Be that as it may, in a show like Sach Ka Samna, it is evident that the process of putting together the show itself has a significant bearing on who gets to be on the show. If it is Kaun Banega Crorepati or Sa Re Ga Ma kind of show, it is the intellectual equipment or talent of the individual that gets them on to the show.

To get to be on Sach Ka Samna, the contestant has to have a colourful personal history (real or fictional). What the ‘ordinary moral viewer’ might consider a deviant and undesirable social profile. That is only a part of the story. The contestant also has to be daring enough to bare all in public for a price with his immediate family bearing witness. The price is large enough for someone to take a shot at it (Assumption: for the right price you can get some people to do ANYTHING). The worst part of the deal is, the lie detector will decide the truth of the matter. In KBC and SRGM the viewer can assess the veracity of the judgement. The structure of SKS therefore also can compel individuals to answer to suit the perceived ratings requirements of the show (anyone who has done social surveys knows how self-reporting works). If they don’t, there is always the lie detector.

Both in The Moment of Truth and in Sach Ka Samna the questions are similar. The focus is on intensely personal issues of money, sex and relationships. With minor variations, the questions probe infidelity, adultery and emotional betrayal. And the lie detector will decide if the participant is speaking the truth.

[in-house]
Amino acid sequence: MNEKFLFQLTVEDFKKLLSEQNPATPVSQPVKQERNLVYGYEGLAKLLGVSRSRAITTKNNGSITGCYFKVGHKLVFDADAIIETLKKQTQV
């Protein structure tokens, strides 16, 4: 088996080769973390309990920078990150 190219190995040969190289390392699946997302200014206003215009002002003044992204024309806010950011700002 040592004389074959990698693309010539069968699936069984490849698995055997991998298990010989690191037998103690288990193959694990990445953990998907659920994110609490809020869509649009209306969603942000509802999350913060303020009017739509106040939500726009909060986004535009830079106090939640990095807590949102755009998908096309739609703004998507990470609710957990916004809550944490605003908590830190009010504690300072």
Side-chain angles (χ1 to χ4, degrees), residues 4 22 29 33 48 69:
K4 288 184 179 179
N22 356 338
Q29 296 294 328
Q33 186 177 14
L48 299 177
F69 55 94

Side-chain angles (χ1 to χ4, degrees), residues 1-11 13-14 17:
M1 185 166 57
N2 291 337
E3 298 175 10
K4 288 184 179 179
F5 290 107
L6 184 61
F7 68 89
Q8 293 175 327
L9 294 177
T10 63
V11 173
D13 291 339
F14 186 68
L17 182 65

The severe and swift negative response to the show both in US and in India is from people who believe that the show is attempting to naturalise such deviant behaviour. The viewers whose personal experience of society around them does not indicate such behaviour as widespread enough worry that the television show will project this as the norm rather than as an exception.

One may argue that worse things are being shown on films and soaps. Why such uproar only about SKS? Both soaps and films are understood to be works of fiction and are seen within that framework. The USP of reality shows is that they are ostensibly about real people and real situations. However, the audience is not consciously aware that even a reality show is a function of pre-selection of content (of contestants and what they say) and form. The lingering close ups of the wife when the husband is confessing to cheating on her are not an accident. They borrow heavily from the familiar conventions of dramatic narration on television. It is this aspect of pretended reality done up like drama that is problematic about such shows.

Those who read it like drama leave it at that. Those who read it as reality protest. Ultimately, how real is the reality show?

Saturday, 27 November 2010

The new moral universe?

In this new game of privatising public resources, media has to be an important ally. Only an insider can create a credible smoke-screen that makes the mafia look like the saviours. It is clear now that the media honchos have been willing and quintessential insiders, says PADMAJA SHAW